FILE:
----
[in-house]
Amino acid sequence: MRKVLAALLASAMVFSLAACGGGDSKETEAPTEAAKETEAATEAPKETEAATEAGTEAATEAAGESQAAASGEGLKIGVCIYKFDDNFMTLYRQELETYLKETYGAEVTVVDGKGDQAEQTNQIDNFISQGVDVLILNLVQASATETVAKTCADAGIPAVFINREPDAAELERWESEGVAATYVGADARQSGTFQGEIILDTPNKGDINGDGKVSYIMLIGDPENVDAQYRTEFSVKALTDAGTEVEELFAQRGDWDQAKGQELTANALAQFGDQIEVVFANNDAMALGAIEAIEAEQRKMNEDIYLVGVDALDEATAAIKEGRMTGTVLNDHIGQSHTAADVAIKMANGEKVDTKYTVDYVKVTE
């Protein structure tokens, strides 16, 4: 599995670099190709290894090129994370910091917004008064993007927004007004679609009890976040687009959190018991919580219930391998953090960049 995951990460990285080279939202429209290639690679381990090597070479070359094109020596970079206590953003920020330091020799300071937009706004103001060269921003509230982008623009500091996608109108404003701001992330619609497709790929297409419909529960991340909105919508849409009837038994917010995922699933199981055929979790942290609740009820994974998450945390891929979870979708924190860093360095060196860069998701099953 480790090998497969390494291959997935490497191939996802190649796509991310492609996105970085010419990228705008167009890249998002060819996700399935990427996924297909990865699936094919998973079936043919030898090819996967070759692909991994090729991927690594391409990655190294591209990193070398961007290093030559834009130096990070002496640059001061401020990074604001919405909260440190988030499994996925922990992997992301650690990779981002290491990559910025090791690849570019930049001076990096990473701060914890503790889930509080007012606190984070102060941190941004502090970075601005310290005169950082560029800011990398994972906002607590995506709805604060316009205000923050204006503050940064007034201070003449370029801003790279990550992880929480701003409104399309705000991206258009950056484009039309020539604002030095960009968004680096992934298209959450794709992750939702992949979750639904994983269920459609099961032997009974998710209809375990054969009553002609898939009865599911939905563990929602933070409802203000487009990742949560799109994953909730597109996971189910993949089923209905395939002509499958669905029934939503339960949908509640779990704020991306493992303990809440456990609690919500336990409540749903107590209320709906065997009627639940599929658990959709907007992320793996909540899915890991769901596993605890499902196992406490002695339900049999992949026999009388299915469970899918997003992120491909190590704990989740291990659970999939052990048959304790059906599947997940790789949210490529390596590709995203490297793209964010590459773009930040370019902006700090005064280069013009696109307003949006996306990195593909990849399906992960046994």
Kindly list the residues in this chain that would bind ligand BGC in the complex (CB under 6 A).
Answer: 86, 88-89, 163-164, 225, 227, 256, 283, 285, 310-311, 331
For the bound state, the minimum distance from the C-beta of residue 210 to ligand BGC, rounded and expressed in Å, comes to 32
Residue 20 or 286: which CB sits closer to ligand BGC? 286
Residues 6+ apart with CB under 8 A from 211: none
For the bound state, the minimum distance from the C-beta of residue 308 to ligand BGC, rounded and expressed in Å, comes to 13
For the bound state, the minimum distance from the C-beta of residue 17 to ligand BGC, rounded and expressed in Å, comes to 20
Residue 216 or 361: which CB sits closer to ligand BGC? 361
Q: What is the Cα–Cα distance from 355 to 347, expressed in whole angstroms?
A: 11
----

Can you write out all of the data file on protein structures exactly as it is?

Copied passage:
[in-house]
Amino acid sequence: MRKVLAALLASAMVFSLAACGGGDSKETEAPTEAAKETEAATEAPKETEAATEAGTEAATEAAGESQAAASGEGLKIGVCIYKFDDNFMTLYRQELETYLKETYGAEVTVVDGKGDQAEQTNQIDNFISQGVDVLILNLVQASATETVAKTCADAGIPAVFINREPDAAELERWESEGVAATYVGADARQSGTFQGEIILDTPNKGDINGDGKVSYIMLIGDPENVDAQYRTEFSVKALTDAGTEVEELFAQRGDWDQAKGQELTANALAQFGDQIEVVFANNDAMALGAIEAIEAEQRKMNEDIYLVGVDALDEATAAIKEGRMTGTVLNDHIGQSHTAADVAIKMANGEKVDTKYTVDYVKVTE
């Protein structure tokens, strides 16, 4: 599995670099190709290894090129994370910091917004008064993007927004007004679609009890976040687009959190018991919580219930391998953090960049 995951990460990285080279939202429209290639690679381990090597070479070359094109020596970079206590953003920020330091020799300071937009706004103001060269921003509230982008623009500091996608109108404003701001992330619609497709790929297409419909529960991340909105919508849409009837038994917010995922699933199981055929979790942290609740009820994974998450945390891929979870979708924190860093360095060196860069998701099953 480790090998497969390494291959997935490497191939996802190649796509991310492609996105970085010419990228705008167009890249998002060819996700399935990427996924297909990865699936094919998973079936043919030898090819996967070759692909991994090729991927690594391409990655190294591209990193070398961007290093030559834009130096990070002496640059001061401020990074604001919405909260440190988030499994996925922990992997992301650690990779981002290491990559910025090791690849570019930049001076990096990473701060914890503790889930509080007012606190984070102060941190941004502090970075601005310290005169950082560029800011990398994972906002607590995506709805604060316009205000923050204006503050940064007034201070003449370029801003790279990550992880929480701003409104399309705000991206258009950056484009039309020539604002030095960009968004680096992934298209959450794709992750939702992949979750639904994983269920459609099961032997009974998710209809375990054969009553002609898939009865599911939905563990929602933070409802203000487009990742949560799109994953909730597109996971189910993949089923209905395939002509499958669905029934939503339960949908509640779990704020991306493992303990809440456990609690919500336990409540749903107590209320709906065997009627639940599929658990959709907007992320793996909540899915890991769901596993605890499902196992406490002695339900049999992949026999009388299915469970899918997003992120491909190590704990989740291990659970999939052990048959304790059906599947997940790789949210490529390596590709995203490297793209964010590459773009930040370019902006700090005064280069013009696109307003949006996306990195593909990849399906992960046994």
Kindly list the residues in this chain that would bind ligand BGC in the complex (CB under 6 A).
Answer: 86, 88-89, 163-164, 225, 227, 256, 283, 285, 310-311, 331
For the bound state, the minimum distance from the C-beta of residue 210 to ligand BGC, rounded and expressed in Å, comes to 32
Residue 20 or 286: which CB sits closer to ligand BGC? 286
Residues 6+ apart with CB under 8 A from 211: none
For the bound state, the minimum distance from the C-beta of residue 308 to ligand BGC, rounded and expressed in Å, comes to 13
For the bound state, the minimum distance from the C-beta of residue 17 to ligand BGC, rounded and expressed in Å, comes to 20
Residue 216 or 361: which CB sits closer to ligand BGC? 361
Q: What is the Cα–Cα distance from 355 to 347, expressed in whole angstroms?
A: 11